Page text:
But like I said, I draw the line at being spat on. It’s one step away from something far more violent.
Something very few people know: last year over the summer an off balance individual threatened to kill me and my family. He wasn’t very stealthy about it – he called our office number, sent me emails and even posted threats on his blog, so it wasn’t hard to determine who he was. The threats were, in the opinion of security experts we consulted, serious. The individual has a felony record and owns a gun. Police in three states became involved and we hired a personal security team to protect me, my family and TechCrunch employees.
At over $2,000 a day we couldn’t keep paying for security indefinitely. And the police were helpful but couldn’t do much based on the threats until he acted. We had the option of getting a restraining order but that just tells the person exactly where you are (the places they can’t go). So for a week I was literally in hiding with my parents at their home. The TechCrunch office was empty, and the police made regular checks to see if things were ok. One evening they almost arrested one of our employees who stopped by the office to pick up something.
Seeing my parents fear for their lives and not understand how or why their son was in this position changed me, made me a much less forgiving person in general.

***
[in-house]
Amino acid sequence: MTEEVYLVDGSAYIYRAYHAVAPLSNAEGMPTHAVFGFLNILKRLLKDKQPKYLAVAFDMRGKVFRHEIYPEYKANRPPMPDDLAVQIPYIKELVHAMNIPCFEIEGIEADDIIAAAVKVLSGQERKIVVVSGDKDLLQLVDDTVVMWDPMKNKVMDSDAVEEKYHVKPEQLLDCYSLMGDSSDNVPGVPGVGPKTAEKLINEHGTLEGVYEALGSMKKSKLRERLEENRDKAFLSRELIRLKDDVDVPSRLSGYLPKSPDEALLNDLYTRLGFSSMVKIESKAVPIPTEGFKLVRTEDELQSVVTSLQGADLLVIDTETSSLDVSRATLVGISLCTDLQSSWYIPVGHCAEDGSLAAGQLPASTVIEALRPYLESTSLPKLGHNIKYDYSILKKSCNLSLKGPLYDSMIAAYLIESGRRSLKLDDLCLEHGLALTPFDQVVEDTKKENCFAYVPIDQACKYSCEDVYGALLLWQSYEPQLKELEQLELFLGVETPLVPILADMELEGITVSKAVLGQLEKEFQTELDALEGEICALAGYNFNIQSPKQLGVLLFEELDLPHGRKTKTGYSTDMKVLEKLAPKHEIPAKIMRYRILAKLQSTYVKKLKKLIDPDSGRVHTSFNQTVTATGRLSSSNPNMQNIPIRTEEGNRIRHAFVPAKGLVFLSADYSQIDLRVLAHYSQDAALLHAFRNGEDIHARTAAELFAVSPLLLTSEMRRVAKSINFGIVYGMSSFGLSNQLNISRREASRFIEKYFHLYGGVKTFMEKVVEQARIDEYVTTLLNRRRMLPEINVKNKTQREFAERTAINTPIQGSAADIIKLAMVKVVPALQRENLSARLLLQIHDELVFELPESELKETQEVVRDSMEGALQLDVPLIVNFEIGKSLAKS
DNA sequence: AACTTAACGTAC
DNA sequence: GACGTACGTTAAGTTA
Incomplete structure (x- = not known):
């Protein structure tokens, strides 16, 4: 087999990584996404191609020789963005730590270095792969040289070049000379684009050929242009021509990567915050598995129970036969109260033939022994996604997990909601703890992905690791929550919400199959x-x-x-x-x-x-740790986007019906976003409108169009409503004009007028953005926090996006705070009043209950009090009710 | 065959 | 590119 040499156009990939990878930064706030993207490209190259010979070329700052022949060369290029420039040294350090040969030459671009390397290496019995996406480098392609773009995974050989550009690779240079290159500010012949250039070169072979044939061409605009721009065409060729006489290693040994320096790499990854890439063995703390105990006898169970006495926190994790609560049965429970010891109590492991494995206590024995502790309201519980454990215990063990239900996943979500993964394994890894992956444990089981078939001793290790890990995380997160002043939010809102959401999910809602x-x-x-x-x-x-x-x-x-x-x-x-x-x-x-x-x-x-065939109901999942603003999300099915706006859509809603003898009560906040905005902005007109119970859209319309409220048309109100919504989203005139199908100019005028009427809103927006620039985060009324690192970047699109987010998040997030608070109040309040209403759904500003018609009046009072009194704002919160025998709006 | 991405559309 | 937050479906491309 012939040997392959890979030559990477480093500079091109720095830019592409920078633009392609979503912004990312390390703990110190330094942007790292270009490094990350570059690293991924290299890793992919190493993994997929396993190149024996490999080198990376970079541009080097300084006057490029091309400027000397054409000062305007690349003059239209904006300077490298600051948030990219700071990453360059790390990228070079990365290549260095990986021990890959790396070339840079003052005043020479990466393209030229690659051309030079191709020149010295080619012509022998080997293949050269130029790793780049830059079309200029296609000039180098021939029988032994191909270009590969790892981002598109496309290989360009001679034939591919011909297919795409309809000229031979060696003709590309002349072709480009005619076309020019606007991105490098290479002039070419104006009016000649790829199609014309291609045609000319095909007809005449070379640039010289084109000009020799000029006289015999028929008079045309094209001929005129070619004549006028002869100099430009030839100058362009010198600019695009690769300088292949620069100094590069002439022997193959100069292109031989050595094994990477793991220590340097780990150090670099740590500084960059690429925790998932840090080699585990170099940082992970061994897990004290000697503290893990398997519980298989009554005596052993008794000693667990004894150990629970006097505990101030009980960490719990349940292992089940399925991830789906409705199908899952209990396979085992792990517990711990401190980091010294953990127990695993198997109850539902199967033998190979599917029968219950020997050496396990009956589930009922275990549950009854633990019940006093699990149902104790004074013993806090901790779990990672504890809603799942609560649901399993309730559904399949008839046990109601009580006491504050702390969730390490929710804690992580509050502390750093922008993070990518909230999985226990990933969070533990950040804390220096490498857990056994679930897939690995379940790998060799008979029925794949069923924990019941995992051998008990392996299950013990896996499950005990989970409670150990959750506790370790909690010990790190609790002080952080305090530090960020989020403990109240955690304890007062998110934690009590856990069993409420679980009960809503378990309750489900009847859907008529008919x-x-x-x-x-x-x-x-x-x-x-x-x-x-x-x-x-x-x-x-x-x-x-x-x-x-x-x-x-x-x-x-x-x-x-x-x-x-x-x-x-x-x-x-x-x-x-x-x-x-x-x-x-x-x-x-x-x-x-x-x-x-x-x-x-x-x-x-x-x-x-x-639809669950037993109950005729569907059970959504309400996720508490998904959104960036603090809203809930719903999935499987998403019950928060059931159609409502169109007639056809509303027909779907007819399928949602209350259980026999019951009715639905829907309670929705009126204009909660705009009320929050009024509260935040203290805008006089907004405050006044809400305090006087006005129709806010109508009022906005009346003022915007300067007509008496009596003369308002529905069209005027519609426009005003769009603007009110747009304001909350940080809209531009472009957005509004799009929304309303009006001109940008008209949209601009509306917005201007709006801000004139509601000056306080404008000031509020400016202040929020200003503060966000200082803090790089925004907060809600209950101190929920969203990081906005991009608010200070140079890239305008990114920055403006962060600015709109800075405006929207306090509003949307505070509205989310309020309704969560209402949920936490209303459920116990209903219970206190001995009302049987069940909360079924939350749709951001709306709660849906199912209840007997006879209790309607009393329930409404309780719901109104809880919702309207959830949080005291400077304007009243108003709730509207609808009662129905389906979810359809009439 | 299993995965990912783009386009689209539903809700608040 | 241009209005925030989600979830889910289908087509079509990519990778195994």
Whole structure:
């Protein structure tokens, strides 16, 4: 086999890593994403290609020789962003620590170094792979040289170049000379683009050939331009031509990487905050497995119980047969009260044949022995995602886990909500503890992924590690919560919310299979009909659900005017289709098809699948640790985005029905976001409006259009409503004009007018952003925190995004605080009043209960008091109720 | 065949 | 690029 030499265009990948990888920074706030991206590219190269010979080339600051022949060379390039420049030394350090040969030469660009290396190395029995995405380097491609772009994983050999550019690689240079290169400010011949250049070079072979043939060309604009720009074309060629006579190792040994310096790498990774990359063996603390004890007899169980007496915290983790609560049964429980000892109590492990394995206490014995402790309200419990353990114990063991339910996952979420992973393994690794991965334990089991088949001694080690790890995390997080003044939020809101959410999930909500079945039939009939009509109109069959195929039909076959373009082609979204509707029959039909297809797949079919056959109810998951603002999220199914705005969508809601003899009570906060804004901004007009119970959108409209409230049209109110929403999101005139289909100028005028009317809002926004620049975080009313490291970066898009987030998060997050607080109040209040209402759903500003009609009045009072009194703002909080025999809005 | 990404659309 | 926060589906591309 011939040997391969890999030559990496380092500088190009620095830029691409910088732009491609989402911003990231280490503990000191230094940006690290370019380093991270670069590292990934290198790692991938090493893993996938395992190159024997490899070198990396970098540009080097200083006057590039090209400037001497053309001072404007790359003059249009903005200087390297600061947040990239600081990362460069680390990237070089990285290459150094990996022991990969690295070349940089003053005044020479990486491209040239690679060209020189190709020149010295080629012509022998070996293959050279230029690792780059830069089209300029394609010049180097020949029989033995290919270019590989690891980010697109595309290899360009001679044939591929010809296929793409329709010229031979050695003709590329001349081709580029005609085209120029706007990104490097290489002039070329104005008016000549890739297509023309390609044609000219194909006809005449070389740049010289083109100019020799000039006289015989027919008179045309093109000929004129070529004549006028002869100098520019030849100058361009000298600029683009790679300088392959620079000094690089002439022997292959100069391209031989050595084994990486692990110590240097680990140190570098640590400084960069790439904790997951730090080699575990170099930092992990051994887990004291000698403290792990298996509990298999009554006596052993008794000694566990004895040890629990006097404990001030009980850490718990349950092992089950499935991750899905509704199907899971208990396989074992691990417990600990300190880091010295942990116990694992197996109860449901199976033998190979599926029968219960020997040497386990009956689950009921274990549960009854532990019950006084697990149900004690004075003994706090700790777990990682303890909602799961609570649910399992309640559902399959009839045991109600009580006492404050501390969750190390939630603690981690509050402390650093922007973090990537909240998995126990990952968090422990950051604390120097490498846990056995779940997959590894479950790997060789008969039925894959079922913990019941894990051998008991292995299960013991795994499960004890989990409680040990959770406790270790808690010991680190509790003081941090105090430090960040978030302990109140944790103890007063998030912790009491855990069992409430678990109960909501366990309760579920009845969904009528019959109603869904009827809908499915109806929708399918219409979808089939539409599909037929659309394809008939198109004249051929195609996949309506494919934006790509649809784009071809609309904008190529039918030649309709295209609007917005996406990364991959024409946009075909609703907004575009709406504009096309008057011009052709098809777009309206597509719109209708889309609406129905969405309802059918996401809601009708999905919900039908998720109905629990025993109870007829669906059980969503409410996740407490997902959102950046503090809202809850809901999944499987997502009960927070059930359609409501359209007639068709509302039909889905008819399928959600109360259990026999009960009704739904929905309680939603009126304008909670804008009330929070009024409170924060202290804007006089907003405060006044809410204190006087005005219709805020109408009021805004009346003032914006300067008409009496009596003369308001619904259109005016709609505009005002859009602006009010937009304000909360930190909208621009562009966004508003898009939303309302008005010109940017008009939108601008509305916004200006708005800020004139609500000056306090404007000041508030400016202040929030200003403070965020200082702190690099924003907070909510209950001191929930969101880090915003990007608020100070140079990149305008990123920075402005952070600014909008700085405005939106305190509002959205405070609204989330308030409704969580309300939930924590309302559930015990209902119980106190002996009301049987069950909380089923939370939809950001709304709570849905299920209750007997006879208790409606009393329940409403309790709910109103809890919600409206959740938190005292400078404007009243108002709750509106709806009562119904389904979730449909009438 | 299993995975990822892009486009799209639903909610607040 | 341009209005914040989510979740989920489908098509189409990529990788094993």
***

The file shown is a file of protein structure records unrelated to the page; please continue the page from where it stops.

I write about technology startups and news. In any sane world that shouldn’t make me someone who has to deal with death threats and being spat on. It shouldn’t require me to absorb more verbal abuse than a human being can realistically deal with.
The problem is that I love what I do when I’m not hiding from some crazy fucker who wants to kill me or being spat on by some unhappy European entrepreneur we didn’t write about.
I’ve decided the right thing to do is take some time off and get a better perspective on what I’m spending my life doing. I’ll be taking most of February off from writing, and decide what the best future for me is while sitting on a beach somewhere far away from my iPhone and laptop. I’ll be continuing to write this week and cover news from the World Economic Forum in Davos, then I’ll take time off starting next week.
I hope that some of my peers will realize that competitive pressures do not give them carte blanche to accuse us and others of literally anything that pops into their head and repeat it publicly or privately. I want them to compete hard with us, but fight clean. I want them to realize that their words influence others who may be inclined to “take matters into their own hands” under the mistaken impression that threatening to kill someone, or physically attacking them, is somehow righteous. And I hope that my peers who tend to sit on the sideline while others attack will start to take a stand against it.
We write about technology and entrepreneurship. These things are important, but not so important that we should fear for our safety or the safety of our families.